“In the moonlight

I met Berserk . . .”


Seven men, a pale woman and a dog

Circle the indoor, rubberized track

Like strangled moose.


Orpheus rolled through his sleep.

Eurydice read a popular novel, a period piece

Involving a ménage a trois

And the strangling of a moose.


Dear Mr. Farnsworth,

I’m sorry. I swear the black elk looked

Like a black moose.


A moose and its brown neck

Are one.

A moose and its brown neck and my hand

Are one.


He read every third word

Of all of Leibniz.

Of each evaded word he made

A sharp, viable noose.


October. Bitter, early winds.

It sure was a big moose.


I listened and listened

To the cries

Of the softball fans.

The shortstop on deck

Reached for an aluminum bat

And grabbed the furry neck of the moose.


I know the efficient sheen

Of otter, the orthodox

Tumult of moths. But I know, too,

That the moose could care less.


Bip said:

“I can imagine the calmest reality,

Containing a large fork-lift

And a bull moose...”


The eyes of Proust are oblong and veined.

The wind combs its hair.

There is a monastery in Melk, Austria.

I did not see the moose there.


There is so much pleasure in the world:

An affable star, a warm bath,

The sordid strangling of a moose...!


The Sartrean moose. The Hegelian

Moose. Enigmas and structural myths

Of the moose. Meanwhile I’ve chosen

Freudian cactus?


The air today is a fetid air.

The green grass is brown.

The moose coughs.

From the Editors: Freight Stories still doesn’t publish poems. Except this one, which we offer to you because of our deep respect and love for Tom Andrews and his wonderful work. We’re grateful to Ray and Alice Andrews, Tom’s parents, for uncovering this previously unpublished poem for us. The editors got to know each other in a class Tom taught at Purdue. The world is less bright without him in it.

Ray Andrews writes: “Alice was trying to help us downsize and found an unpublished item of poetry Tom wrote while still a student at Hope College, in Holland, Michigan. Tom often was an iconoclastic wag in his writings, as you no doubt know. We think this was done in 1983 or 1984.”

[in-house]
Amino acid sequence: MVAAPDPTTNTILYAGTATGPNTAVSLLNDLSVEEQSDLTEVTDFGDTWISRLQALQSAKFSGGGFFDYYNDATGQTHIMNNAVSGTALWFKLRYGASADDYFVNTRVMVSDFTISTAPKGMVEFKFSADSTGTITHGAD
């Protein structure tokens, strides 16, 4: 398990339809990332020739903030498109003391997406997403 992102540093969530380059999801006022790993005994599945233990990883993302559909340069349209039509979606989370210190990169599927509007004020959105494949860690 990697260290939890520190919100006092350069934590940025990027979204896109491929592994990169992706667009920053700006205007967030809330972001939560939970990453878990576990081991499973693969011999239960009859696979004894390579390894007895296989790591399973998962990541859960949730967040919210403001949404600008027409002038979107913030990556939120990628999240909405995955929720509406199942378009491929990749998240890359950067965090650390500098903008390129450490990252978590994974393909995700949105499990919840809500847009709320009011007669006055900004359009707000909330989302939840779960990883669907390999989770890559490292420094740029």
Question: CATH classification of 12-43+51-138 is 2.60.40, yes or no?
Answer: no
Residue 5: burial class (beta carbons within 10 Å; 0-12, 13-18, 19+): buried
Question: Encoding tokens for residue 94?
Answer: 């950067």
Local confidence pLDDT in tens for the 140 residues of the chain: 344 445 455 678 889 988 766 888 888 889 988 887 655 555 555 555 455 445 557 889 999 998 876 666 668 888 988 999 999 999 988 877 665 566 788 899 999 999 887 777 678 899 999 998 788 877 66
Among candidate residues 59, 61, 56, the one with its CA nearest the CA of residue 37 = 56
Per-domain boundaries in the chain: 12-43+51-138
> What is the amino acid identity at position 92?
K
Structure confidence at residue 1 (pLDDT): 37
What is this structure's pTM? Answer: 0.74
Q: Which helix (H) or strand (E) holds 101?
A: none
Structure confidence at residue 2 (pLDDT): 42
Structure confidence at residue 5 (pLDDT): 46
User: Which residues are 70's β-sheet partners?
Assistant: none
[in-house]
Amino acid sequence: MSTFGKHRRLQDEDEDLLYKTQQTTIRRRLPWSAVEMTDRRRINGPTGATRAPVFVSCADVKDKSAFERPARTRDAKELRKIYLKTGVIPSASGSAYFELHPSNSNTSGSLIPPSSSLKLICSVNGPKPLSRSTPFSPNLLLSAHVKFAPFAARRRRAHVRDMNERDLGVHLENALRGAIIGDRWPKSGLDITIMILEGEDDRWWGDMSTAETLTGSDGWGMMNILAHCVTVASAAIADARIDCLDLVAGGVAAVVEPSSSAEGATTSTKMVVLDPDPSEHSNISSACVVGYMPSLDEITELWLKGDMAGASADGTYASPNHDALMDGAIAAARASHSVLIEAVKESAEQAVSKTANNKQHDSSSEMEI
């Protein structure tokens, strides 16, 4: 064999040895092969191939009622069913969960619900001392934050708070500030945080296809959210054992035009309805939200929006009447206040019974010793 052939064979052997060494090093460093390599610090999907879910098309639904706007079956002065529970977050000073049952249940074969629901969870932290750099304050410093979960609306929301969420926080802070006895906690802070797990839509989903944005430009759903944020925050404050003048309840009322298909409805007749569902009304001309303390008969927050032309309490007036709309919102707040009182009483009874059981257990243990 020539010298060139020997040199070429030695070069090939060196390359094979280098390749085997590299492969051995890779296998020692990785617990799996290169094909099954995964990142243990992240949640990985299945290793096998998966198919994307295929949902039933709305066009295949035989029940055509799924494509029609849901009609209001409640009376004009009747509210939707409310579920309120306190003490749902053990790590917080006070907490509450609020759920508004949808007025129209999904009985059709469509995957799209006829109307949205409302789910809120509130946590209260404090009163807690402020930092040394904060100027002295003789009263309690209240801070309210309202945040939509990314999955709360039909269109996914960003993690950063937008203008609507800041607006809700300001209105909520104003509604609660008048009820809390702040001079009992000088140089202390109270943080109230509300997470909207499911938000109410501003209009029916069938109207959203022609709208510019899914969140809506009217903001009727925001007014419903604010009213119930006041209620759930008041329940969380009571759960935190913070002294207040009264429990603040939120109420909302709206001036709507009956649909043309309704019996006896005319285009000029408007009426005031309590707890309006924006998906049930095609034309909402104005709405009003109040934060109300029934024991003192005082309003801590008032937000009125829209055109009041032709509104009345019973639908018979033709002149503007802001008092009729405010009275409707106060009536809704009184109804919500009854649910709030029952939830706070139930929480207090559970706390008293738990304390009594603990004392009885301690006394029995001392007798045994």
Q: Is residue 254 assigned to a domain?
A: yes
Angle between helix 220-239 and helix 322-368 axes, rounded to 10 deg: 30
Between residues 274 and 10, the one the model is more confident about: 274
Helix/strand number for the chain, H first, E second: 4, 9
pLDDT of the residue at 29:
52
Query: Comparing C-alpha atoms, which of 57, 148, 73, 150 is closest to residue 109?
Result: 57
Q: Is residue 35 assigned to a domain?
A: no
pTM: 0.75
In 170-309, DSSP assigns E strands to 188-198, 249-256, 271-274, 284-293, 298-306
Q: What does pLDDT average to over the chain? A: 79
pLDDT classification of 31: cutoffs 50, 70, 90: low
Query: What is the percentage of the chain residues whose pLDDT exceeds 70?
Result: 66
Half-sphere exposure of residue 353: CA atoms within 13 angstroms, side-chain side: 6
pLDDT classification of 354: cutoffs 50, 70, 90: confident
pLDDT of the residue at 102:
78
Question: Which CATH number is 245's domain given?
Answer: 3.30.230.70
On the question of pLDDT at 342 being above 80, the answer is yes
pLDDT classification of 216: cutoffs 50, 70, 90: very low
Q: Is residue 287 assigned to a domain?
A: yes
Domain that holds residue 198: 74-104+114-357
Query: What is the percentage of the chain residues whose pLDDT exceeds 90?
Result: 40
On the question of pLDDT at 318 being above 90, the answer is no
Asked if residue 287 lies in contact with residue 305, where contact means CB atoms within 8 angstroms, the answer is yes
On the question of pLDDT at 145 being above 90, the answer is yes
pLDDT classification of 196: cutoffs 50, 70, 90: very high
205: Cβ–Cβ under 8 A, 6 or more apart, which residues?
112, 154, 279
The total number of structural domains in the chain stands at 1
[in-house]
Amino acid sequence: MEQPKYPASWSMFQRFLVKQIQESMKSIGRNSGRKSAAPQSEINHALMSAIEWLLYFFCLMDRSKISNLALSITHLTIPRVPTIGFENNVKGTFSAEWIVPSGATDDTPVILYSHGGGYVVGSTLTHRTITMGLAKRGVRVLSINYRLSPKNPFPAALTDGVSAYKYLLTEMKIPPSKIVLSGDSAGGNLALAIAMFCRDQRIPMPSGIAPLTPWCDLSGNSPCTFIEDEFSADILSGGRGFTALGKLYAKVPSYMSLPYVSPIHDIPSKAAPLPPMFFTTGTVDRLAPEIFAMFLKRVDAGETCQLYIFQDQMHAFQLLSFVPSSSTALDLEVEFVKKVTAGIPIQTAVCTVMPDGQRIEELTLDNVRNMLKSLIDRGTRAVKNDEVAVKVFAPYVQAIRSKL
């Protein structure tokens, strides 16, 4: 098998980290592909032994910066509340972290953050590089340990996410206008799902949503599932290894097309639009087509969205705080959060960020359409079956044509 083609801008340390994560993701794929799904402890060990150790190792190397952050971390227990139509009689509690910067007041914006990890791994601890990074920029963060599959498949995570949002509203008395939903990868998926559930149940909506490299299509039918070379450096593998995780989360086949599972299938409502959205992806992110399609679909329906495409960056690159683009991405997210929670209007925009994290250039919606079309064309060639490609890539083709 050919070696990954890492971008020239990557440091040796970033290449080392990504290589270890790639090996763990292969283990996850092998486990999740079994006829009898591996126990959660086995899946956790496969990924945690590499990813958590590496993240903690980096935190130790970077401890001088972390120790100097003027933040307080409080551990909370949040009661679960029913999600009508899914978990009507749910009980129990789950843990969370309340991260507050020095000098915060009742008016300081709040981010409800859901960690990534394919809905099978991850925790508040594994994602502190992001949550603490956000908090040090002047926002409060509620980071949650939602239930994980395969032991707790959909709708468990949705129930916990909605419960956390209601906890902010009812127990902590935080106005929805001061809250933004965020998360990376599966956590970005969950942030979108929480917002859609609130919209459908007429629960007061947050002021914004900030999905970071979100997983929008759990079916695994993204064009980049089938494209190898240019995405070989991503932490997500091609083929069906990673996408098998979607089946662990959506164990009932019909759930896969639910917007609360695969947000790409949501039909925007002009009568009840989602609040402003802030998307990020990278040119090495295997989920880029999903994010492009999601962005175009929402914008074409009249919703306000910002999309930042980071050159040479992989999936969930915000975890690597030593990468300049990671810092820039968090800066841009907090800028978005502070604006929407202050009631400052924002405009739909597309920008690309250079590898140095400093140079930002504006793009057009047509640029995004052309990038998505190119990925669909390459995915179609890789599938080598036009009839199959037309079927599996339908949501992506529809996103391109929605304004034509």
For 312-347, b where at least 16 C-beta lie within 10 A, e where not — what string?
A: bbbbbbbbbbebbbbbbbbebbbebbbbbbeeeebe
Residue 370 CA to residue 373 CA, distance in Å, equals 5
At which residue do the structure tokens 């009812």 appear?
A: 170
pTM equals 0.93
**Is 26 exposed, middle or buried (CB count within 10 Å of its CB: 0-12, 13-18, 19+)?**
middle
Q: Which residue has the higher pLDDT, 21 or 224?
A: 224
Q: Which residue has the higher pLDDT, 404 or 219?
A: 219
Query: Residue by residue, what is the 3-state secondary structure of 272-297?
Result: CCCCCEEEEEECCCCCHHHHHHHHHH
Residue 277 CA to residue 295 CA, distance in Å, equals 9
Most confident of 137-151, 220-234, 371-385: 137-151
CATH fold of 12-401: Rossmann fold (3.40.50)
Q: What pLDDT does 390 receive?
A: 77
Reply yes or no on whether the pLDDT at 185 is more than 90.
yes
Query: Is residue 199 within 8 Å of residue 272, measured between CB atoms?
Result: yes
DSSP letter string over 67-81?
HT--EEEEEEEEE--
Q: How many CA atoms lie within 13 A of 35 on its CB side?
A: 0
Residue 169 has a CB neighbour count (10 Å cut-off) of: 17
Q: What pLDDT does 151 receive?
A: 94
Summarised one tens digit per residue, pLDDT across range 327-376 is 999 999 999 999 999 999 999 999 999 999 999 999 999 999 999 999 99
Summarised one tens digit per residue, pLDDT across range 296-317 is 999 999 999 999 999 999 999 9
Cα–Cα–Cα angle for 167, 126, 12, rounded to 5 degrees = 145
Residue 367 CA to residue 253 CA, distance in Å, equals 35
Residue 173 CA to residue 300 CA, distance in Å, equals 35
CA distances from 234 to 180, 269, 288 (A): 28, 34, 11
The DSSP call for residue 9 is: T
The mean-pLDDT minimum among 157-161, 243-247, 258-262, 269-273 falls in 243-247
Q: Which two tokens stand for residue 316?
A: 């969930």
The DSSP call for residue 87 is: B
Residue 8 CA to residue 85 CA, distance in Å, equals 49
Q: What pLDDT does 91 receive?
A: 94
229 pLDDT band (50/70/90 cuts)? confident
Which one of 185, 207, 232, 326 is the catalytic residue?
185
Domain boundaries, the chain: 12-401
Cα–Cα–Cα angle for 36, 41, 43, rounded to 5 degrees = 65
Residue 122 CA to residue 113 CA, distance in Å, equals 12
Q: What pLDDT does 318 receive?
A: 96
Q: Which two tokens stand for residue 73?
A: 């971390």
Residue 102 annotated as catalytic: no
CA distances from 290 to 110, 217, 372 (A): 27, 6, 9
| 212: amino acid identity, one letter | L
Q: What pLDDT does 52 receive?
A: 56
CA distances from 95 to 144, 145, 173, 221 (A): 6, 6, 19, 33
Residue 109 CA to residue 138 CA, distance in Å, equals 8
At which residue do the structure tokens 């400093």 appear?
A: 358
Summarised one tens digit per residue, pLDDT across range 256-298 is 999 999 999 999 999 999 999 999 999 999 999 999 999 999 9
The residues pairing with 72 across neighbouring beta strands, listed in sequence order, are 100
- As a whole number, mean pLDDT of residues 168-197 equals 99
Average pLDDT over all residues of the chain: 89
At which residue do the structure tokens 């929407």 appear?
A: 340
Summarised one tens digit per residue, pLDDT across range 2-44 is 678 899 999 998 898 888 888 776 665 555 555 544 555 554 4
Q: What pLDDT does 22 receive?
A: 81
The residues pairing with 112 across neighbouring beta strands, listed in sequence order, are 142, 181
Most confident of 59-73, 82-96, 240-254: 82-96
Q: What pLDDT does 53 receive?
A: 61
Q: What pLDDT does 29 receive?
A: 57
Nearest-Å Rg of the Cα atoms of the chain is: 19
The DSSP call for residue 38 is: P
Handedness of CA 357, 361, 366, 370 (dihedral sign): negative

Tom Andrews grew up in Charleston, West Virginia. He studied at Hope College; at Oberlin College, where he was an intern with FIELD; and at the University of Virginia, where he was a Hoynes Fellow. He subsequently taught at Ohio University and Purdue University. In 1999 he went to Rome, as Poetry Fellow at the American Academy.

His publications include three books of poetry, The Brother’s Country, a National Poetry Series winner chosen by Charles Wright and published by Persea Books (1990); The Hemophiliac’s Motorcycle, winner of the Iowa Poetry Prize and published by the University of Iowa Press (1994); and Random Symmetries: The Collected Poems of Tom Andrews, published by Oberlin College Press (2002). His memoir, Codeine Diary: True Confessions of a Reckless Hemophiliac, appeared from Harvest Books in 1999. He also edited collections of criticism on two contemporary poets: On William Stafford: The Worth of Local Things (University of Michigan Press, 1995) and The Point Where All Things Meet: Essays on Charles Wright (Oberlin College Press, 1995).

Tom Andrews fell ill in Athens, Greece, in the summer of 2001 and died in London that July.

Back to Freight Stories No. 3


Tom Andrews

Thirteen Ways of Looking

at a Strangled Moose